The United Auto Workers is about to embark on a $60 million campaign to unionize employees of international automobile manufacturers in the United States.

As a part of its campaign, the UAW has issued "UAW Principles for Fair Union Elections," which it proposes should be accepted by the global car companies. These principles contain fleeting references to fairness and democracy, but at their core are neither democratic nor fair.

The UAW Principles were not adopted through cooperative discussions with the global car companies, but were rather presented confrontationally as irrevocable demands. New UAW President Bob King said that “... any company that does not agree to the UAW Principles is essentially declaring war on freedom of speech and assembly, and it is our duty and mission to enforce that right.”

At their very heart, the UAW Principles are anti-democratic. For example, they characterize secret ballot elections as "acceptable" for determining union representation if a company has complied with the principles. Acceptable? The secret ballot is a fundamental principle of democracy. Millions of lives have been sacrificed in wars to preserve such democratic institutions.

What would the UAW substitute for the secret ballot? Perhaps their preferred approach would be "card-check," something that not even a pro-labor Democratic Congress could bring itself to enact when it had the chance.

Even free speech itself is not acceptable under the UAW Principles, which would severely restrict the freedom of speech of employers and their managers during union organizing campaigns. Already, the nation's labor laws place severe limitations on what employers and managers can say during such campaigns. The UAW Principles would provide further restrictions and create a duty on the part of the company "to explicitly disavow, reject and discourage messages from corporate and community groups that send the message that a union would jeopardize jobs."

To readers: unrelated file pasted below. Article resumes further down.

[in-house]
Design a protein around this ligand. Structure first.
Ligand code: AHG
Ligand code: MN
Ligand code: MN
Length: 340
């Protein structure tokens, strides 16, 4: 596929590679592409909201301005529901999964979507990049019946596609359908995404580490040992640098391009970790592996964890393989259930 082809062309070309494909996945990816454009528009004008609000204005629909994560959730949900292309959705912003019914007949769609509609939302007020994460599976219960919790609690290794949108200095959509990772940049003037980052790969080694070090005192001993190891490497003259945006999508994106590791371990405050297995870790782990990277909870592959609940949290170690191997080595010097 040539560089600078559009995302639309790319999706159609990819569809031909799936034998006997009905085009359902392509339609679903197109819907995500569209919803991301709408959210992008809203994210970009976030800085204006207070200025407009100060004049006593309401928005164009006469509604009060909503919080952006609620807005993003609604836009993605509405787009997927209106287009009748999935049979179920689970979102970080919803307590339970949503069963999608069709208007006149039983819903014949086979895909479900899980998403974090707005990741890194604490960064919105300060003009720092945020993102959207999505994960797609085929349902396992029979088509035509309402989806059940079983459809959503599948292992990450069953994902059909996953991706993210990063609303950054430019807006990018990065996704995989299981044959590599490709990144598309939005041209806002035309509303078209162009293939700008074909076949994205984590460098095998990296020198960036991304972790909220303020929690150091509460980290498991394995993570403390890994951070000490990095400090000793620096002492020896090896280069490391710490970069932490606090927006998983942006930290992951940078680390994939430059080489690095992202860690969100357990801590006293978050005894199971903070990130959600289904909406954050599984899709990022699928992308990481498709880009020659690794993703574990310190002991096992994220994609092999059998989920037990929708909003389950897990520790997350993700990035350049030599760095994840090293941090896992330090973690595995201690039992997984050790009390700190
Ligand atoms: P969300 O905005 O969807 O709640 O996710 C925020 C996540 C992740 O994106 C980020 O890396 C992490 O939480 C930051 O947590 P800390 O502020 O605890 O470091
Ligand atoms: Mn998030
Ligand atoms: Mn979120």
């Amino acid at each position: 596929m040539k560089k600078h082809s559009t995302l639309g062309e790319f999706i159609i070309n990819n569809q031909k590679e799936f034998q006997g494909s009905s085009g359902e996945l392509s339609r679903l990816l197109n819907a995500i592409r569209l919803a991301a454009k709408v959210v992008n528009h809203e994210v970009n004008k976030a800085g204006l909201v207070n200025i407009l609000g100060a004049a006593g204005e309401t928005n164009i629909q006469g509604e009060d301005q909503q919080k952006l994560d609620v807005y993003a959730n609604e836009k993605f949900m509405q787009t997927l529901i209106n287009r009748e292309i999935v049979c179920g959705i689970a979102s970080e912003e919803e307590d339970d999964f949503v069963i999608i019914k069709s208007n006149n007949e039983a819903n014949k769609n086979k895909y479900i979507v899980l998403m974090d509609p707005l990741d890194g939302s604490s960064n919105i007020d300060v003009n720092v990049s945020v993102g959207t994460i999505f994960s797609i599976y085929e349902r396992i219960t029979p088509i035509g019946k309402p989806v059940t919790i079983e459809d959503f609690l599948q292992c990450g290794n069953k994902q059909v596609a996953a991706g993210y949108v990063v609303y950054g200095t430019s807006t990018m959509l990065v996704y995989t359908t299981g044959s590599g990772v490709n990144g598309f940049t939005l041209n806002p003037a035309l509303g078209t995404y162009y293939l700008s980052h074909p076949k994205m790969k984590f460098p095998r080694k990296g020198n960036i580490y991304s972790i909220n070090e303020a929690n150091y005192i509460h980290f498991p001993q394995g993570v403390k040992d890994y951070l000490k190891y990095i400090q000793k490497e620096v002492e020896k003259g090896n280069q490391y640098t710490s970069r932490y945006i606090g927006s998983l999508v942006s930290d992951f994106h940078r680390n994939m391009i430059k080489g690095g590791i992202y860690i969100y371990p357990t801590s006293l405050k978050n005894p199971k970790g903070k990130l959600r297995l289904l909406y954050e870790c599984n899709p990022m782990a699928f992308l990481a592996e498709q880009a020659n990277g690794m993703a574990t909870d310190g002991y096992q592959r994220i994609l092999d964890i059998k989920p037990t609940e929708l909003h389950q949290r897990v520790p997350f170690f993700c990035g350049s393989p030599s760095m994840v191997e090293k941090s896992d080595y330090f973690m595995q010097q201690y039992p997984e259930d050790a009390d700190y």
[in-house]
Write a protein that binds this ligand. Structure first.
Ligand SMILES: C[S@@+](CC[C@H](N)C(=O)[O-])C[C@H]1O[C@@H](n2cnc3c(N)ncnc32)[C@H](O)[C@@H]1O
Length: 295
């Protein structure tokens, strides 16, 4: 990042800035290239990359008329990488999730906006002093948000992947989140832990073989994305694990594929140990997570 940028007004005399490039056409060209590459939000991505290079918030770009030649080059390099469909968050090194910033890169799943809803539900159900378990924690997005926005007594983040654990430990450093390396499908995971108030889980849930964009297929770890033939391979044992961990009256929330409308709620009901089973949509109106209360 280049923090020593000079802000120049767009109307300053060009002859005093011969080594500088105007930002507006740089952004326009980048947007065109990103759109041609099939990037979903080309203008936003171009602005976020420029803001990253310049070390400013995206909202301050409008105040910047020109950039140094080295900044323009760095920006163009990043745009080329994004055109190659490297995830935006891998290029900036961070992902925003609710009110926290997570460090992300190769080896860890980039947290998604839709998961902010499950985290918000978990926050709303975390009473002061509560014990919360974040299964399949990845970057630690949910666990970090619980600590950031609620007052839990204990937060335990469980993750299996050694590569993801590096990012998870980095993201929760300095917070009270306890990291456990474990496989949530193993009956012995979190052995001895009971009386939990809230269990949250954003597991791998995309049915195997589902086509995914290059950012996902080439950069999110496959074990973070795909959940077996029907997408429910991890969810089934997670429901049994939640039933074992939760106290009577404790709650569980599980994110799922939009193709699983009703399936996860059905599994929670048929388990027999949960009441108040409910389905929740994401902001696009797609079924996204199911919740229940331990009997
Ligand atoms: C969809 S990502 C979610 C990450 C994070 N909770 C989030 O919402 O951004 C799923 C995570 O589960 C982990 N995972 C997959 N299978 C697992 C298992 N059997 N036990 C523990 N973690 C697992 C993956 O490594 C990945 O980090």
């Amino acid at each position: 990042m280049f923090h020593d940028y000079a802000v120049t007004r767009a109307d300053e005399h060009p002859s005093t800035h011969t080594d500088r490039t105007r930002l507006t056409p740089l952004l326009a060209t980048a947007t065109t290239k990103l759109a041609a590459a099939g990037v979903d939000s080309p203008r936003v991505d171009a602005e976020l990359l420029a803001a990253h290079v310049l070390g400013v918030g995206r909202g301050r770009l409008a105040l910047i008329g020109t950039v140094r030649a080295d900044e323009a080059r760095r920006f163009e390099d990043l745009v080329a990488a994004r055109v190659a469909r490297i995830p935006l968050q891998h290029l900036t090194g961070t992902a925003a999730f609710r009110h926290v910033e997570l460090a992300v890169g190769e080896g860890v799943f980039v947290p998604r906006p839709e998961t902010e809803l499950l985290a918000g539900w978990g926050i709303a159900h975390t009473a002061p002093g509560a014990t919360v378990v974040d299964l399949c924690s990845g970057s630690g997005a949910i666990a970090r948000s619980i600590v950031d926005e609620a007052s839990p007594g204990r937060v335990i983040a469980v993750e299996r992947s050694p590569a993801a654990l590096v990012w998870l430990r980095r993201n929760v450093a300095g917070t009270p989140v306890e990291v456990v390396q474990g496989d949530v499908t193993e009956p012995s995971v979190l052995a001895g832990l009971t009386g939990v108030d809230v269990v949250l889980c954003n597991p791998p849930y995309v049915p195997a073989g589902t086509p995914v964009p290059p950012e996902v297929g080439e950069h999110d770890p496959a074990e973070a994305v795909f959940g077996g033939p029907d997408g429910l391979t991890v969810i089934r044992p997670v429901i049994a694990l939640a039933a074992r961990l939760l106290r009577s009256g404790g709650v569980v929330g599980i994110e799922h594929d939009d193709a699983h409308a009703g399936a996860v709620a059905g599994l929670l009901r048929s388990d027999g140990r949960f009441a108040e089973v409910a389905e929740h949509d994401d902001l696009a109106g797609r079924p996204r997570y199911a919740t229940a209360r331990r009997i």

In fact, information on the probable effects of unionization is crucial to workers as they decide whether to vote for union representation. It is far better that workers understand the potential consequences before they vote, rather than find out about them in layoff notices as production is reduced or plants are close because the company has become less competitive.

Moreover, the unfortunate fact is that the UAW has been associated not just with jeopardizing jobs, but also with destroying them. The UAW watched as 1 million of its jobs and 70 percent of its membership was lost.  Over the same period, the manufacturing plants of the global companies have demonstrated that American workers can produce cars of high quality, at competitive cost that are the equal of anywhere else in the world. Some are even exporting cars to foreign nations. All of this was accomplished without any "UAW Principles."

The UAW Principles are anti-democratic in permitting secret ballot elections to be bypassed and by abridging the very free speech that is required to provide workers with full information on which to make informed decisions.

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Wendell Cox is principal of Demographia, an international public policy firm in St. Louis, and an adjunct scholar with the Mackinac Center for Public Policy, a research and educational institute headquartered in Midland, Mich. Permission to reprint in whole or in part is hereby granted, provided that the author and the Center are properly cited.